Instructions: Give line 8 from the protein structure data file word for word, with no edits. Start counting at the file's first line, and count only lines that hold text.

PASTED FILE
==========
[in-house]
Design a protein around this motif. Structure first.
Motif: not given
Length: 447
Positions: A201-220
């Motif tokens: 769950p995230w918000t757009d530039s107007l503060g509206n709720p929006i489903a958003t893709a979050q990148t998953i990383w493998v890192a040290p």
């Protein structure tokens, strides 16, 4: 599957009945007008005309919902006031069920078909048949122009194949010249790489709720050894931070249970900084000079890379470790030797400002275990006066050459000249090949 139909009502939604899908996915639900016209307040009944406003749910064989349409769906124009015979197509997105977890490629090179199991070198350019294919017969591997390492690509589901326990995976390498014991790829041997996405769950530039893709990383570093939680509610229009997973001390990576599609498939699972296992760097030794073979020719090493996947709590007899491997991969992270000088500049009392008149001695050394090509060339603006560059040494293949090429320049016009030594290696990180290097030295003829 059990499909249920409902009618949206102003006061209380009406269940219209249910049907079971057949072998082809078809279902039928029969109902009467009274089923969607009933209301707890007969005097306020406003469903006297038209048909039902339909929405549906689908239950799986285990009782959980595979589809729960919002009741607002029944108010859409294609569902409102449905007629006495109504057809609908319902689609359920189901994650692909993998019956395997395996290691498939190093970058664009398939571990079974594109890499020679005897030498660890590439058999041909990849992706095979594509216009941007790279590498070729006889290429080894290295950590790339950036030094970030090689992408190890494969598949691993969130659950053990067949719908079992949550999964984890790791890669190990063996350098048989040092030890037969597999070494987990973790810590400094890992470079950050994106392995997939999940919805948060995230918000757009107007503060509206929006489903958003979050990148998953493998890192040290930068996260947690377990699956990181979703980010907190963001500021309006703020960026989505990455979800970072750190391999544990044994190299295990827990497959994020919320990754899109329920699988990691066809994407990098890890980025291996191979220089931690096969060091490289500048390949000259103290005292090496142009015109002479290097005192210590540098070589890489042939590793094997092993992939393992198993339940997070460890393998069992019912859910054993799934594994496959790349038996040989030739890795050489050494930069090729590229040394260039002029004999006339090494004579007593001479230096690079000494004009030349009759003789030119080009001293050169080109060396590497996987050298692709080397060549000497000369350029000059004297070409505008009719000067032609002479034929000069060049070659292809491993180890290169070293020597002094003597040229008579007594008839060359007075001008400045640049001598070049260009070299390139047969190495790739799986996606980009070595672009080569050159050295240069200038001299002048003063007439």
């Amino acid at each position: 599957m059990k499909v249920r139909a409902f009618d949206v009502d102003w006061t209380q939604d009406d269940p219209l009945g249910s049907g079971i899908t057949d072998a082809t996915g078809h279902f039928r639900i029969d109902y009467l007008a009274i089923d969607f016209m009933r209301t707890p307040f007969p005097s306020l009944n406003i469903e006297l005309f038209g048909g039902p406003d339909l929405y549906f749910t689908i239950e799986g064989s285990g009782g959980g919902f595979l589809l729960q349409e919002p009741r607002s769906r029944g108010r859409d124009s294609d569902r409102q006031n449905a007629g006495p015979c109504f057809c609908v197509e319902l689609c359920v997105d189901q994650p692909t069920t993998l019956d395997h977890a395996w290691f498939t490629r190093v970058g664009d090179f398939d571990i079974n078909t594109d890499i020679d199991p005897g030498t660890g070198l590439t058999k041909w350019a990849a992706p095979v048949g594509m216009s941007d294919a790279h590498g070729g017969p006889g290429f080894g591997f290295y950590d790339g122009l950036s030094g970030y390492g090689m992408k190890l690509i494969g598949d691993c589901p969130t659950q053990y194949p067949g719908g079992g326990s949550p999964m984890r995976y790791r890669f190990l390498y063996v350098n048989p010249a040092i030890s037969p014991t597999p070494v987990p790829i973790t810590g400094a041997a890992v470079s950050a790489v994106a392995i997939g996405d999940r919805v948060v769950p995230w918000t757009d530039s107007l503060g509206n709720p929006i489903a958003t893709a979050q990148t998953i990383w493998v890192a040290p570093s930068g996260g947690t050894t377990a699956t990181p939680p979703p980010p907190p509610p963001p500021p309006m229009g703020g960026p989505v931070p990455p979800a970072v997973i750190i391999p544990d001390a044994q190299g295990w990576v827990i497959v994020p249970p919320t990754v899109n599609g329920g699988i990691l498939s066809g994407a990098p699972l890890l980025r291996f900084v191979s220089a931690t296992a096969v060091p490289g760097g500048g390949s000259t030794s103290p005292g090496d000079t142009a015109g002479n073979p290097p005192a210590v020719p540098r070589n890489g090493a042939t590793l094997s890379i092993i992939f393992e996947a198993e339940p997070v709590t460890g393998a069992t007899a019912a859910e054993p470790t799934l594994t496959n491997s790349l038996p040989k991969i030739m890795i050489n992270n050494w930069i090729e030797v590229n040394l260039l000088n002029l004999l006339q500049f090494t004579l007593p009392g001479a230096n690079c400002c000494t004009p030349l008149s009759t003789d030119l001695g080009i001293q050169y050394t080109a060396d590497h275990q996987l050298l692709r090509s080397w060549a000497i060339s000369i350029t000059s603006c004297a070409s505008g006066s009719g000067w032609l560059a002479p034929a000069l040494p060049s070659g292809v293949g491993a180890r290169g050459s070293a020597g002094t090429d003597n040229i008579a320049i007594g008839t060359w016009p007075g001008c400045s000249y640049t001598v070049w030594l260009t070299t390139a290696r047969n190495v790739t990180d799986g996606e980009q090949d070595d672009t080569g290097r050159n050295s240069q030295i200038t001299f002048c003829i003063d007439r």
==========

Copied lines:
């Amino acid at each position: 599957m059990k499909v249920r139909a409902f009618d949206v009502d102003w006061t209380q939604d009406d269940p219209l009945g249910s049907g079971i899908t057949d072998a082809t996915g078809h279902f039928r639900i029969d109902y009467l007008a009274i089923d969607f016209m009933r209301t707890p307040f007969p005097s306020l009944n406003i469903e006297l005309f038209g048909g039902p406003d339909l929405y549906f749910t689908i239950e799986g064989s285990g009782g959980g919902f595979l589809l729960q349409e919002p009741r607002s769906r029944g108010r859409d124009s294609d569902r409102q006031n449905a007629g006495p015979c109504f057809c609908v197509e319902l689609c359920v997105d189901q994650p692909t069920t993998l019956d395997h977890a395996w290691f498939t490629r190093v970058g664009d090179f398939d571990i079974n078909t594109d890499i020679d199991p005897g030498t660890g070198l590439t058999k041909w350019a990849a992706p095979v048949g594509m216009s941007d294919a790279h590498g070729g017969p006889g290429f080894g591997f290295y950590d790339g122009l950036s030094g970030y390492g090689m992408k190890l690509i494969g598949d691993c589901p969130t659950q053990y194949p067949g719908g079992g326990s949550p999964m984890r995976y790791r890669f190990l390498y063996v350098n048989p010249a040092i030890s037969p014991t597999p070494v987990p790829i973790t810590g400094a041997a890992v470079s950050a790489v994106a392995i997939g996405d999940r919805v948060v769950p995230w918000t757009d530039s107007l503060g509206n709720p929006i489903a958003t893709a979050q990148t998953i990383w493998v890192a040290p570093s930068g996260g947690t050894t377990a699956t990181p939680p979703p980010p907190p509610p963001p500021p309006m229009g703020g960026p989505v931070p990455p979800a970072v997973i750190i391999p544990d001390a044994q190299g295990w990576v827990i497959v994020p249970p919320t990754v899109n599609g329920g699988i990691l498939s066809g994407a990098p699972l890890l980025r291996f900084v191979s220089a931690t296992a096969v060091p490289g760097g500048g390949s000259t030794s103290p005292g090496d000079t142009a015109g002479n073979p290097p005192a210590v020719p540098r070589n890489g090493a042939t590793l094997s890379i092993i992939f393992e996947a198993e339940p997070v709590t460890g393998a069992t007899a019912a859910e054993p470790t799934l594994t496959n491997s790349l038996p040989k991969i030739m890795i050489n992270n050494w930069i090729e030797v590229n040394l260039l000088n002029l004999l006339q500049f090494t004579l007593p009392g001479a230096n690079c400002c000494t004009p030349l008149s009759t003789d030119l001695g080009i001293q050169y050394t080109a060396d590497h275990q996987l050298l692709r090509s080397w060549a000497i060339s000369i350029t000059s603006c004297a070409s505008g006066s009719g000067w032609l560059a002479p034929a000069l040494p060049s070659g292809v293949g491993a180890r290169g050459s070293a020597g002094t090429d003597n040229i008579a320049i007594g008839t060359w016009p007075g001008c400045s000249y640049t001598v070049w030594l260009t070299t390139a290696r047969n190495v790739t990180d799986g996606e980009q090949d070595d672009t080569g290097r050159n050295s240069q030295i200038t001299f002048c003829i003063d007439r």